13. The method of claim 10 wherein the distinguished name of the first X.509 certificate further comprises a common name; the authentication type comprises Kerberos authentication; and granting authorization privileges further comprises granting authorization privileges of a corresponding Kerberos principal in the local realm having as its Kerberos principal name the common name of the first X.509 certificate.
14. A system for identity token principal mapping, the system comprising:
means for receiving in a target system a CORBA message invoking a member method on the target system, the message comprising a security context comprising an identity token further comprising an asserted identity, the identity token having an identity token type, the target system having an authentication type; and
means for granting to the asserted identity, in dependence upon the authentication type and in dependence upon the identity token type, authorization privileges of a corresponding user account in the target system.
15. The system of claim 14 wherein the identity token type is ITTPrincipalName and the asserted identity comprises a GSS Export Name comprising an asserted realm name and an asserted principal name.
16. The system of claim 15 wherein the authentication type comprises LTPA authentication and means for granting authorization privileges further comprises means for granting, to the asserted identity, authorization privileges of an LTPA principal whose LDAP entry comprises the asserted realm name and, as its common name, the asserted principal name.
17. The system of claim 15 wherein the authentication type comprises authentication in the local operating system of the target system and means for granting authorization privileges further comprises means for granting authorization privileges of a corresponding user account in the local operating system having as its user name the asserted principal name.
18. The system of claim 15 wherein the authentication type comprises Kerberos authentication and means for granting authorization privileges further comprises means for granting authorization privileges of a corresponding Kerberos principal in the local realm having as its principal name the asserted principal name.
19. The system of claim 14 wherein the identity token type is ITTDistinguishedName and the asserted identity comprises an X.501 distinguished name.
20. The system of claim 19 wherein the authentication type comprises LTPA authentication and means for granting authorization privileges further comprises means for granting, to the asserted identity, authorization privileges of an LTPA principal having an LDAP distinguished name identical to the X.501 distinguished name.
21. The system of claim 19 wherein the authentication type comprises authentication in the local operating system of the target system; the X.509 distinguished name comprises a common name; and means for granting authorization privileges further comprises means for granting authorization privileges of a corresponding user account in the local operating system having as its user name the common name of the X.501 distinguished name.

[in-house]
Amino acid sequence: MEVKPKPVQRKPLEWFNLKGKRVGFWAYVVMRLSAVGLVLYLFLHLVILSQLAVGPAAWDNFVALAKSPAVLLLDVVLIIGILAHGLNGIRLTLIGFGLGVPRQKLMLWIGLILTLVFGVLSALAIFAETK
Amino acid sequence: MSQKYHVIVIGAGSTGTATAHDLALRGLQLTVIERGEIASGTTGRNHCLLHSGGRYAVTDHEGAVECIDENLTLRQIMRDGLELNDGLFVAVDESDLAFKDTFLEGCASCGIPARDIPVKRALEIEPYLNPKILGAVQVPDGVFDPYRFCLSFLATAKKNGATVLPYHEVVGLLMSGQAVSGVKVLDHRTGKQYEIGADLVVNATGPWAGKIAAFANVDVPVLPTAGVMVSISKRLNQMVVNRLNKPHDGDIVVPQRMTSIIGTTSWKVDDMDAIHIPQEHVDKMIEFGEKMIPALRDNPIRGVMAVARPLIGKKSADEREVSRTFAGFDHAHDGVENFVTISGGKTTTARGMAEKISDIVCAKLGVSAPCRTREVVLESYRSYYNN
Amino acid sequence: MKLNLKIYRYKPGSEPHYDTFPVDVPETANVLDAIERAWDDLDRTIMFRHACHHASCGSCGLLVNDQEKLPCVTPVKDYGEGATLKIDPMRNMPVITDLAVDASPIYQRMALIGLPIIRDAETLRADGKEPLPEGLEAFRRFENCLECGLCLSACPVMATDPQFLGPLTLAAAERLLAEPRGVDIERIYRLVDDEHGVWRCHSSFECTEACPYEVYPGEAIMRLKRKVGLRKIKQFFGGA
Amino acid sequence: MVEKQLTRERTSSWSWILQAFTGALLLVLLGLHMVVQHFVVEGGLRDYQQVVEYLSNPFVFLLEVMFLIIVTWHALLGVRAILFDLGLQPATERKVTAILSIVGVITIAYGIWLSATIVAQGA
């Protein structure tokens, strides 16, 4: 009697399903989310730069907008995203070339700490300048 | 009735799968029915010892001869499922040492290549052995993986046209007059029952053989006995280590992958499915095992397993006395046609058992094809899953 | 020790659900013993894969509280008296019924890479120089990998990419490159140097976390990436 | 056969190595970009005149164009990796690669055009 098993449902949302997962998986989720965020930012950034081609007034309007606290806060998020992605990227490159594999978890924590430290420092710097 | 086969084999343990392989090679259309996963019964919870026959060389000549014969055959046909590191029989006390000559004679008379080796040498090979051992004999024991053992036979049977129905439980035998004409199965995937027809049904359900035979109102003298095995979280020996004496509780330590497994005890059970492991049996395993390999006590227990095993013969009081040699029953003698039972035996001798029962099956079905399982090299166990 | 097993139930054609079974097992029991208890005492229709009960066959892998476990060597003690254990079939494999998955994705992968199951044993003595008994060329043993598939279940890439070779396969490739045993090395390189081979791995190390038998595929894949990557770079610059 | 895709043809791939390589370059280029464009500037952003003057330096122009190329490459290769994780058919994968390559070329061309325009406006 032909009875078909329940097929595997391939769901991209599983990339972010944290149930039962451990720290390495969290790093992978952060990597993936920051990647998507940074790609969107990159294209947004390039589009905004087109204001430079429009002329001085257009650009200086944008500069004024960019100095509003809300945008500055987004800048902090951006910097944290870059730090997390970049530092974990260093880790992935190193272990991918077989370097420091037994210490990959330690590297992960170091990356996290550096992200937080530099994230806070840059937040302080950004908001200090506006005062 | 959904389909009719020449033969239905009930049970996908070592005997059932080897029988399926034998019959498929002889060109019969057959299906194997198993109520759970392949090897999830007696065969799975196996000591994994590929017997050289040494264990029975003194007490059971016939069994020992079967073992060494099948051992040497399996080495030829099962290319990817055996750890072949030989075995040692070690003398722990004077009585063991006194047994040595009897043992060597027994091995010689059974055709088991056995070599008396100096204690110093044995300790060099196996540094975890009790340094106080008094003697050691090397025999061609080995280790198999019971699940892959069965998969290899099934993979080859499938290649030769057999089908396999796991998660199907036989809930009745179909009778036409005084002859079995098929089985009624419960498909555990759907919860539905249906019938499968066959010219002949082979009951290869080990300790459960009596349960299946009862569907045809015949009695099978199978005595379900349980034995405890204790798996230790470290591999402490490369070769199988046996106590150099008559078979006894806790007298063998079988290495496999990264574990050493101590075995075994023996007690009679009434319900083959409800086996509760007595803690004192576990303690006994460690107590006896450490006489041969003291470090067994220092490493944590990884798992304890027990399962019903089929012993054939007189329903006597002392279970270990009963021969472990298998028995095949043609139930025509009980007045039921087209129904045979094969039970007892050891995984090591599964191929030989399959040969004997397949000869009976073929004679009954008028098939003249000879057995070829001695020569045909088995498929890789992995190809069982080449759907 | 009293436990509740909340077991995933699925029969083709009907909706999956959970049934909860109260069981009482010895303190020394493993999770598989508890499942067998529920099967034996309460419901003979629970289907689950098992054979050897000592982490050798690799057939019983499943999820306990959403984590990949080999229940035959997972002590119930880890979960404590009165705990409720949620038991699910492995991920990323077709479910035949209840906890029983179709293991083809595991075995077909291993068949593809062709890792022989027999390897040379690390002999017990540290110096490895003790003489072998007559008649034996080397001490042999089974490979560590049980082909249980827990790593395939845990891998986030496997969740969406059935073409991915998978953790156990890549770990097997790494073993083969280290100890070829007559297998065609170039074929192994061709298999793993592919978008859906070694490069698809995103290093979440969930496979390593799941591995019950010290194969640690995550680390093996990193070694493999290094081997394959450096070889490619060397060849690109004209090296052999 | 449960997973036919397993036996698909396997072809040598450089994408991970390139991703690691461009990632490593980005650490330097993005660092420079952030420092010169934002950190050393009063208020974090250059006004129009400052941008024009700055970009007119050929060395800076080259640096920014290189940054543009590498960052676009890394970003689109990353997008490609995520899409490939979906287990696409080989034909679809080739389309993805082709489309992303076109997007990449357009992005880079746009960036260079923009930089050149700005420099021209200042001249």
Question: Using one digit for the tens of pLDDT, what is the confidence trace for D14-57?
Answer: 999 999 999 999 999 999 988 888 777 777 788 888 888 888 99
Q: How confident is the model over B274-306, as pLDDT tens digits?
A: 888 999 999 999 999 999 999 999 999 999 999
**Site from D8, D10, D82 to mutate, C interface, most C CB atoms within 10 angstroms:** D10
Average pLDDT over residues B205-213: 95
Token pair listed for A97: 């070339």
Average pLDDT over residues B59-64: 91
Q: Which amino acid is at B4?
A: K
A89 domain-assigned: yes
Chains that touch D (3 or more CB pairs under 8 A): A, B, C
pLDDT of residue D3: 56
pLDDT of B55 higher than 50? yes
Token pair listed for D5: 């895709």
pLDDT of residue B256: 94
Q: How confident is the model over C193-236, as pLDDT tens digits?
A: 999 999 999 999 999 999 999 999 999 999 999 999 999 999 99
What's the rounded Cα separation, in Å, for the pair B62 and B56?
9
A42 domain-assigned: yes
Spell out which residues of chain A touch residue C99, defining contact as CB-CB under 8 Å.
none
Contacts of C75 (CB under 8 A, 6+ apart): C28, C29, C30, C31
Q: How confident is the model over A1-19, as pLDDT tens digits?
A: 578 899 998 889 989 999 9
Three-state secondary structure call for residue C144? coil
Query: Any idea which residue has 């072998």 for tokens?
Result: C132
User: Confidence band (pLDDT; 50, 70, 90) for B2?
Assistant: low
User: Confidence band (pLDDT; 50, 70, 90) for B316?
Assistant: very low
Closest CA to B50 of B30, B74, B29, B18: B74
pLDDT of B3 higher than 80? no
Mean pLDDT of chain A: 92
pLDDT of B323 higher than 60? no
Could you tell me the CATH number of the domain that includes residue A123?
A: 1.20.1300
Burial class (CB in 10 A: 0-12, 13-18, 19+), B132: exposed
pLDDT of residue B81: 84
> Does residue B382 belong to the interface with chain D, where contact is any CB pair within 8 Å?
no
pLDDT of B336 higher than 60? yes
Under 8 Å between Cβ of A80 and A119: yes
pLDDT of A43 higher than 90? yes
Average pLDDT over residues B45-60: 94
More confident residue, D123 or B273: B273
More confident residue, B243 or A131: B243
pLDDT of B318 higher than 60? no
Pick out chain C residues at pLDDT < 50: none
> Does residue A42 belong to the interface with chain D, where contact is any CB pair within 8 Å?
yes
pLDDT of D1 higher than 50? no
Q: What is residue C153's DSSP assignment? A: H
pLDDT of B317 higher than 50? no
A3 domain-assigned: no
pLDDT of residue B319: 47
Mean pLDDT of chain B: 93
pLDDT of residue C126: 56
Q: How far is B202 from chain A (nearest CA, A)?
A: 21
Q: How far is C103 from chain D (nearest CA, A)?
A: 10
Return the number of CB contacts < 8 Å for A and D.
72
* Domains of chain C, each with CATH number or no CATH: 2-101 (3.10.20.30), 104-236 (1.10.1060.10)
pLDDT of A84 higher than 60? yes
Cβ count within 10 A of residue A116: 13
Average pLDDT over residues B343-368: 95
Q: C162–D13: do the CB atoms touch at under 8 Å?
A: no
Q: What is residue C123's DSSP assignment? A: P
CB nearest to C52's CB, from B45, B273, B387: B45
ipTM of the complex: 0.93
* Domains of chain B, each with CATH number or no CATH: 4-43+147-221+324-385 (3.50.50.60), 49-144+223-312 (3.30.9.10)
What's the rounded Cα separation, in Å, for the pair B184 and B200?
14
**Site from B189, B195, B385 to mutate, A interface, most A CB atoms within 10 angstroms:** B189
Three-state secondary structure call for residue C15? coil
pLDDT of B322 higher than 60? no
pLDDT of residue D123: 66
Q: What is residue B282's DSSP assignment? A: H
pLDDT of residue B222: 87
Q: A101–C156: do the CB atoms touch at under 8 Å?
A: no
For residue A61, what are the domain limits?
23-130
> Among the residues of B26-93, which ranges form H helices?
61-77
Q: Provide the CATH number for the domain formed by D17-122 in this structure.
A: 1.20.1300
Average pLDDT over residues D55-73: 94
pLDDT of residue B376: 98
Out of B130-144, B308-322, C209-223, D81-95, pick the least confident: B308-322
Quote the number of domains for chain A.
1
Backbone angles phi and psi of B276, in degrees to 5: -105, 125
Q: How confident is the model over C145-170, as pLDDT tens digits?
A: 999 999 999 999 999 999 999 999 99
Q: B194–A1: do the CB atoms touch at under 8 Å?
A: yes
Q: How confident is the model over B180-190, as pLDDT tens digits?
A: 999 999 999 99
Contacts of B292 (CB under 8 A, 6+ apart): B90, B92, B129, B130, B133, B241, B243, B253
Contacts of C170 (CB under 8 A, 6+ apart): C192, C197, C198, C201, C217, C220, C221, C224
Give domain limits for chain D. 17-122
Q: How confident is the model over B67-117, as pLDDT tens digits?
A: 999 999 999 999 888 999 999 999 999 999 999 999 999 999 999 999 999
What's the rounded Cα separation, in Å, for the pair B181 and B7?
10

22. The system of claim 19 wherein the authentication type comprises Kerberos authentication; the X.509 distinguished name comprises a common name; and means for granting authorization privileges further comprises means for granting authorization privileges of a corresponding Kerberos principal in the local realm having as its Kerberos principal name the common name of the X.501 distinguished name.
23. The system of claim 14 wherein the identity token type is ITTX509CertChain; the identity token further comprises a sequence of at least one X.509 certificates, the sequence comprising a first X.509 certificate; and the asserted identity comprises a distinguished name of the first X.509 certificate.
24. The system of claim 23 wherein the authentication type comprises LTPA authentication and means for granting authorization privileges further comprises means for granting, to the asserted identity, authorization privileges of an LTPA principal having an LDAP distinguished name identical to the distinguished name of the first X.509 certificate.
25. The system of claim 23 wherein the distinguished name of the first X.509 certificate further comprises a common name; the authentication type comprises authentication in the local operating system of the target system; and means for granting authorization privileges further comprises means for granting authorization privileges of a corresponding user account in the local operating system having as its user name the common name of the first X.509 certificate.
26. The system of claim 23 wherein the distinguished name of the first X.509 certificate further comprises a common name; the authentication type comprises Kerberos authentication; and means for granting authorization privileges further comprises means for granting authorization privileges of a corresponding Kerberos principal in the local realm having as its Kerberos principal name the common name of the first X.509 certificate.
27. A computer program product for identity token principal mapping, the computer program product comprising:
a recording medium;
means, recorded on the recording medium, for receiving in a target system a CORBA message invoking a member method on the target system, the message comprising a security context comprising an identity token further comprising an asserted identity, the identity token having an identity token type, the target system having an authentication type; and